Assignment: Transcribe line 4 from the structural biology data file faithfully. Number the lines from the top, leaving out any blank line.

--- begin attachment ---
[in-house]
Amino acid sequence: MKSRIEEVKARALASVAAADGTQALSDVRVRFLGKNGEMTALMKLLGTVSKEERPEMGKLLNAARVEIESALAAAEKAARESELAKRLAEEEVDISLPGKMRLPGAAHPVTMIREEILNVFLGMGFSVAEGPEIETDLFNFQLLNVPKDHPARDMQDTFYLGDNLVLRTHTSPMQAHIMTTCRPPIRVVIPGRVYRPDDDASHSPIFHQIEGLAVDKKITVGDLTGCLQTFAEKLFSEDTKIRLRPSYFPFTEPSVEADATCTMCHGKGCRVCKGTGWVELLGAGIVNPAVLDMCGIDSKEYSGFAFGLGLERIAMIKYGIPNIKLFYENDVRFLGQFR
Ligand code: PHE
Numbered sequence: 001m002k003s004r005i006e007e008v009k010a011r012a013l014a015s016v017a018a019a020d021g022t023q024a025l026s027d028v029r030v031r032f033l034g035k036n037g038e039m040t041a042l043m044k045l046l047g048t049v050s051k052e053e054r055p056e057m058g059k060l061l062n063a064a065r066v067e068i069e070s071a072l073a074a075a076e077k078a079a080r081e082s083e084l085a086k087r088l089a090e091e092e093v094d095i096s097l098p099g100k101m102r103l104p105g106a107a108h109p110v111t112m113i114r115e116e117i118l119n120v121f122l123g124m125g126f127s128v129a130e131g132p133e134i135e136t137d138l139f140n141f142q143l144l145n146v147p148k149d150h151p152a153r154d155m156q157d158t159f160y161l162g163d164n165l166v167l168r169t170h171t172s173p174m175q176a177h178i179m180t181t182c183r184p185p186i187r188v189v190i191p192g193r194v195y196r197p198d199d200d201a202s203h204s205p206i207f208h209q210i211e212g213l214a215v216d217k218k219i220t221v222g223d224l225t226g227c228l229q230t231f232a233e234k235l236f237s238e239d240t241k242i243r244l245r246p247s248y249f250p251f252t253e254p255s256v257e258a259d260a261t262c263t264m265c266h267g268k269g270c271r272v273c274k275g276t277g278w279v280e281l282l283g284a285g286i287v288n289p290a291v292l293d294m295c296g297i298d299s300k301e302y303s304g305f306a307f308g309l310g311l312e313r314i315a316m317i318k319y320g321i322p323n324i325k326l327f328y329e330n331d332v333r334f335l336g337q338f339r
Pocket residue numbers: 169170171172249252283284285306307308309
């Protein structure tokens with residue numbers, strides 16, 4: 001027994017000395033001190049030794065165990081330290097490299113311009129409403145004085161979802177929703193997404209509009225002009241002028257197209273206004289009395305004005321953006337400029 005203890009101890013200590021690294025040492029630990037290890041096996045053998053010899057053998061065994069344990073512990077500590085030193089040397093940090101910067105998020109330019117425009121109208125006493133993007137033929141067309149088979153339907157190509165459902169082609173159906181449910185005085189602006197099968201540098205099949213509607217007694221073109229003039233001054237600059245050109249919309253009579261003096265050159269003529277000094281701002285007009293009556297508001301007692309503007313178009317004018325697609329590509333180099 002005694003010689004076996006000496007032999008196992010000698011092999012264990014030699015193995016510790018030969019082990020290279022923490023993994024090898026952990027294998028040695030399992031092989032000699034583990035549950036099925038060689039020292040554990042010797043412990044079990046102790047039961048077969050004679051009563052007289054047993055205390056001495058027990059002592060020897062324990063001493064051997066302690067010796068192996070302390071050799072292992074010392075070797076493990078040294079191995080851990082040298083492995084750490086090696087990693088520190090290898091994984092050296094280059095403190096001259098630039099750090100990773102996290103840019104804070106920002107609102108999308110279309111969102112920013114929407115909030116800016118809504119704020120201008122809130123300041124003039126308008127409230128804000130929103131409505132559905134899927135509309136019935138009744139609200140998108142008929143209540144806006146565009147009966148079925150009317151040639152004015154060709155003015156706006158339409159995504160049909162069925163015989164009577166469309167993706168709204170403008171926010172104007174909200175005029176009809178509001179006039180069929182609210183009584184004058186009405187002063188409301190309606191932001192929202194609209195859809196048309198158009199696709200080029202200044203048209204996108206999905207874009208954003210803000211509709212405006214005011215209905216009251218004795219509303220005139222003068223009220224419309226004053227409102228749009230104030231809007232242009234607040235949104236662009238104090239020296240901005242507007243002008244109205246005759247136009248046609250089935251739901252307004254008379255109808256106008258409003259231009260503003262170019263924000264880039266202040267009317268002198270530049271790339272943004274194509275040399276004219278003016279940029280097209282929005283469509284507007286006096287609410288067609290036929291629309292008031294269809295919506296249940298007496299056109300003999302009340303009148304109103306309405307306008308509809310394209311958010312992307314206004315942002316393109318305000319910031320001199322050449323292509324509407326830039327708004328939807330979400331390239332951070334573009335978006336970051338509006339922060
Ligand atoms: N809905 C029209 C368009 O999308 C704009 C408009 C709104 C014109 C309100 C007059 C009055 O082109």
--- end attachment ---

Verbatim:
Numbered sequence: 001m002k003s004r005i006e007e008v009k010a011r012a013l014a015s016v017a018a019a020d021g022t023q024a025l026s027d028v029r030v031r032f033l034g035k036n037g038e039m040t041a042l043m044k045l046l047g048t049v050s051k052e053e054r055p056e057m058g059k060l061l062n063a064a065r066v067e068i069e070s071a072l073a074a075a076e077k078a079a080r081e082s083e084l085a086k087r088l089a090e091e092e093v094d095i096s097l098p099g100k101m102r103l104p105g106a107a108h109p110v111t112m113i114r115e116e117i118l119n120v121f122l123g124m125g126f127s128v129a130e131g132p133e134i135e136t137d138l139f140n141f142q143l144l145n146v147p148k149d150h151p152a153r154d155m156q157d158t159f160y161l162g163d164n165l166v167l168r169t170h171t172s173p174m175q176a177h178i179m180t181t182c183r184p185p186i187r188v189v190i191p192g193r194v195y196r197p198d199d200d201a202s203h204s205p206i207f208h209q210i211e212g213l214a215v216d217k218k219i220t221v222g223d224l225t226g227c228l229q230t231f232a233e234k235l236f237s238e239d240t241k242i243r244l245r246p247s248y249f250p251f252t253e254p255s256v257e258a259d260a261t262c263t264m265c266h267g268k269g270c271r272v273c274k275g276t277g278w279v280e281l282l283g284a285g286i287v288n289p290a291v292l293d294m295c296g297i298d299s300k301e302y303s304g305f306a307f308g309l310g311l312e313r314i315a316m317i318k319y320g321i322p323n324i325k326l327f328y329e330n331d332v333r334f335l336g337q338f339r